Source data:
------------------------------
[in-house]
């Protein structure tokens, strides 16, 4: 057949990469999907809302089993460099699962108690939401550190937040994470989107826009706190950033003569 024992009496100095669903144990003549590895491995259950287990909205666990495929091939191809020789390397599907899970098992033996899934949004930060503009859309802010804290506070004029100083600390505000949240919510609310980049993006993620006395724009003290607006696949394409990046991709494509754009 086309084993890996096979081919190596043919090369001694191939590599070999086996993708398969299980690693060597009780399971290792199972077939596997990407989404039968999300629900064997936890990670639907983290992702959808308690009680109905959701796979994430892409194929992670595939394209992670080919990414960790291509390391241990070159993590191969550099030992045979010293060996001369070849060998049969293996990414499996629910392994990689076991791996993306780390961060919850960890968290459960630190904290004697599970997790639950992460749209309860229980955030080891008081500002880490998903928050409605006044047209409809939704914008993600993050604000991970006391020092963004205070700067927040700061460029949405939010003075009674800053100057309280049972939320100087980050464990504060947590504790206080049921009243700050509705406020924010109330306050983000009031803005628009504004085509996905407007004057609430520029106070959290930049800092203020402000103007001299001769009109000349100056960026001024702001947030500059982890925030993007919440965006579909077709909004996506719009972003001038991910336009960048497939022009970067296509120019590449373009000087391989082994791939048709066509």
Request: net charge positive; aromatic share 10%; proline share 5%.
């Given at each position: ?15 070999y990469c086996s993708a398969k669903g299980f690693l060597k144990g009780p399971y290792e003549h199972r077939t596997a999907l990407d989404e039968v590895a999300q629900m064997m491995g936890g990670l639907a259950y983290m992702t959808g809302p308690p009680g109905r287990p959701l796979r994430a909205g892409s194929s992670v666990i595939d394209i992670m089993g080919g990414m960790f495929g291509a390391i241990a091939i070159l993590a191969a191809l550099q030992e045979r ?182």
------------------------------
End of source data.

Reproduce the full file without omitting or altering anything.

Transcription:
[in-house]
């Protein structure tokens, strides 16, 4: 057949990469999907809302089993460099699962108690939401550190937040994470989107826009706190950033003569 024992009496100095669903144990003549590895491995259950287990909205666990495929091939191809020789390397599907899970098992033996899934949004930060503009859309802010804290506070004029100083600390505000949240919510609310980049993006993620006395724009003290607006696949394409990046991709494509754009 086309084993890996096979081919190596043919090369001694191939590599070999086996993708398969299980690693060597009780399971290792199972077939596997990407989404039968999300629900064997936890990670639907983290992702959808308690009680109905959701796979994430892409194929992670595939394209992670080919990414960790291509390391241990070159993590191969550099030992045979010293060996001369070849060998049969293996990414499996629910392994990689076991791996993306780390961060919850960890968290459960630190904290004697599970997790639950992460749209309860229980955030080891008081500002880490998903928050409605006044047209409809939704914008993600993050604000991970006391020092963004205070700067927040700061460029949405939010003075009674800053100057309280049972939320100087980050464990504060947590504790206080049921009243700050509705406020924010109330306050983000009031803005628009504004085509996905407007004057609430520029106070959290930049800092203020402000103007001299001769009109000349100056960026001024702001947030500059982890925030993007919440965006579909077709909004996506719009972003001038991910336009960048497939022009970067296509120019590449373009000087391989082994791939048709066509």
Request: net charge positive; aromatic share 10%; proline share 5%.
């Given at each position: ?15 070999y990469c086996s993708a398969k669903g299980f690693l060597k144990g009780p399971y290792e003549h199972r077939t596997a999907l990407d989404e039968v590895a999300q629900m064997m491995g936890g990670l639907a259950y983290m992702t959808g809302p308690p009680g109905r287990p959701l796979r994430a909205g892409s194929s992670v666990i595939d394209i992670m089993g080919g990414m960790f495929g291509a390391i241990a091939i070159l993590a191969a191809l550099q030992e045979r ?182």